It should be noted that the CERCL is not in itself anti-grammatical, contrary to what we sometimes hear. The common framework recognizes the usefulness of grammatical knowledge and encourages the use of "reference grammars" (undefined expression). Also, it explicitly states that to carry out certain communicative tasks, one must use functions, notions, vocabulary, and grammar. What seems obvious, but which has sometimes been neglected in the interpretation of the common framework, is repeated in the CERCL: to communicate well presupposes good grammatical knowledge.
The editors of the European framework also ask the users of this framework to explain "on which grammatical theory they based their work". The framework comes to our rescue: the grammatical theory is unavoidable. You can’t just "do grammar". The framework believes that the learner must acquire and form and sense, by putting two approaches in competition: one that favors going from meaning to form and the more traditional one that organizes progression in purely formal terms. The perspective favored by the CERCL is nevertheless of the type actional type of approach that does not place in the foreground the teaching of grammar for itself
Real State of Grammar in Class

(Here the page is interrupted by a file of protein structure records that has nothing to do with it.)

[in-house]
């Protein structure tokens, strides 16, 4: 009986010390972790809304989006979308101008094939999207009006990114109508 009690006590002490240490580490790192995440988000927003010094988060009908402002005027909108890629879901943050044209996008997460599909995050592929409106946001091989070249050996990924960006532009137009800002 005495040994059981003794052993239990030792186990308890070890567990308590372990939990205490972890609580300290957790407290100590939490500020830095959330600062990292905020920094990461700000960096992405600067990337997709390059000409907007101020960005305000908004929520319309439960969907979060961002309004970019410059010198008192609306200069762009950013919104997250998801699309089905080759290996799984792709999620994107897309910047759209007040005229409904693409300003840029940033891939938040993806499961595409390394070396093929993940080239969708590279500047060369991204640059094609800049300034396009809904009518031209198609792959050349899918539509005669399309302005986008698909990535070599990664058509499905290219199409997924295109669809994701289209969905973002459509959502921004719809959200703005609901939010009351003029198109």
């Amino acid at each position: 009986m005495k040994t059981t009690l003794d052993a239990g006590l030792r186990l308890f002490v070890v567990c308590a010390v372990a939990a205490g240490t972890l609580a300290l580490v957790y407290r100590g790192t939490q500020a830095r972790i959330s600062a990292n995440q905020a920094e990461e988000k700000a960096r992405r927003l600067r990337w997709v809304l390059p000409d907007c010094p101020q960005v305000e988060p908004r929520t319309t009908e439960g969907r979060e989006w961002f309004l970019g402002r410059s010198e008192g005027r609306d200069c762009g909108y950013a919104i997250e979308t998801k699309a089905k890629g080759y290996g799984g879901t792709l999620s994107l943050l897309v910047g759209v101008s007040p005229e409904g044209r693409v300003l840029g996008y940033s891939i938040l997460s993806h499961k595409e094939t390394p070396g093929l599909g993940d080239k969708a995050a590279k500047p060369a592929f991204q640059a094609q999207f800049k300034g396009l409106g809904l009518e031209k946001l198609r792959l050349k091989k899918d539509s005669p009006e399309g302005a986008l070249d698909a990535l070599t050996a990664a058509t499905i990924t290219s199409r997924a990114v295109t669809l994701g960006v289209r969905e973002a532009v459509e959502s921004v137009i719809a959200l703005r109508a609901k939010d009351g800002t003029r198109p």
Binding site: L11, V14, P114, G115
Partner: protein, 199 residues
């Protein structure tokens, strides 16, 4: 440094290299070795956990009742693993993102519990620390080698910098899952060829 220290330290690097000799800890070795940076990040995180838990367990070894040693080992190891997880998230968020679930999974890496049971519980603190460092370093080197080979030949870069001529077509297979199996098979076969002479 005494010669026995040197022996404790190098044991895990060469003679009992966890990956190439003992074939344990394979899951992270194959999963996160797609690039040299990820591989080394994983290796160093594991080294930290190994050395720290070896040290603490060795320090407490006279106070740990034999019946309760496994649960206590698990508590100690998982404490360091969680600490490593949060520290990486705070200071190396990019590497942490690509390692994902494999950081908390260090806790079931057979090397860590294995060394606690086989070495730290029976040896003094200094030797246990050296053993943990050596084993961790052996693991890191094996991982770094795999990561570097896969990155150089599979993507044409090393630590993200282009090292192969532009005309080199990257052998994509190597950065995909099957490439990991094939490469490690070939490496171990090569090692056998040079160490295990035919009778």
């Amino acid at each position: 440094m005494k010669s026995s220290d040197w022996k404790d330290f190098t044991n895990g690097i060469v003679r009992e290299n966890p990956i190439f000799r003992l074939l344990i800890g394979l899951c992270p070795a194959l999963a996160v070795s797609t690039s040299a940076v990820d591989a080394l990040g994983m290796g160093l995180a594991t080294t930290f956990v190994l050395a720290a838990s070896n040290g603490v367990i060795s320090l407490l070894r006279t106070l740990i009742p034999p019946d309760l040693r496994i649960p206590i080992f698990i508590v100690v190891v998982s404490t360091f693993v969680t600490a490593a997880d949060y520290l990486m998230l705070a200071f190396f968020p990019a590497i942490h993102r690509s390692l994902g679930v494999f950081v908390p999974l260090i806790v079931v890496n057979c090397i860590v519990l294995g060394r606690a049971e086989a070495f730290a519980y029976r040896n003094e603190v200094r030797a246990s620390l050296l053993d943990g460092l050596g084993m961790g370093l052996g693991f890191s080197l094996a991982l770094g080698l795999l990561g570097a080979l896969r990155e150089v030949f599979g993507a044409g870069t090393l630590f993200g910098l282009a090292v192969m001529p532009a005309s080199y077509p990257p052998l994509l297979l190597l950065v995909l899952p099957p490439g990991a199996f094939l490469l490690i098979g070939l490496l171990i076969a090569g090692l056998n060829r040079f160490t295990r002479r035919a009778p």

I wanted by this long detour to explain the questioning of grammar in language courses. What once seemed obvious, "language is grammar," is strongly contested. Grammar is no longer really taught in English classes, so much so that some students now have trouble using verb forms in English, It is necessary to campaign for a grammar of understanding, to which can be added the pleasure of reflection. To make the grammar of understanding is to pay homage to who we are: thinking beings, why beings. Grammar also gives us pause to reflect on our conception of the world and the relativity of this conception. We do not categorize sugar, tea or coffee in the same way, nor of course hair. "Grammar is one of the humanistic sciences, because of being, like sociology or political science (...) Grammar is an opening to another way of thinking the language and seeing the world; it means being in the world, being a cognitive, working to develop intellectual skills "Grammar is one of the human sciences, because it corresponds, like sociology or political science, to a description of human behavior ". Grammar also teaches human.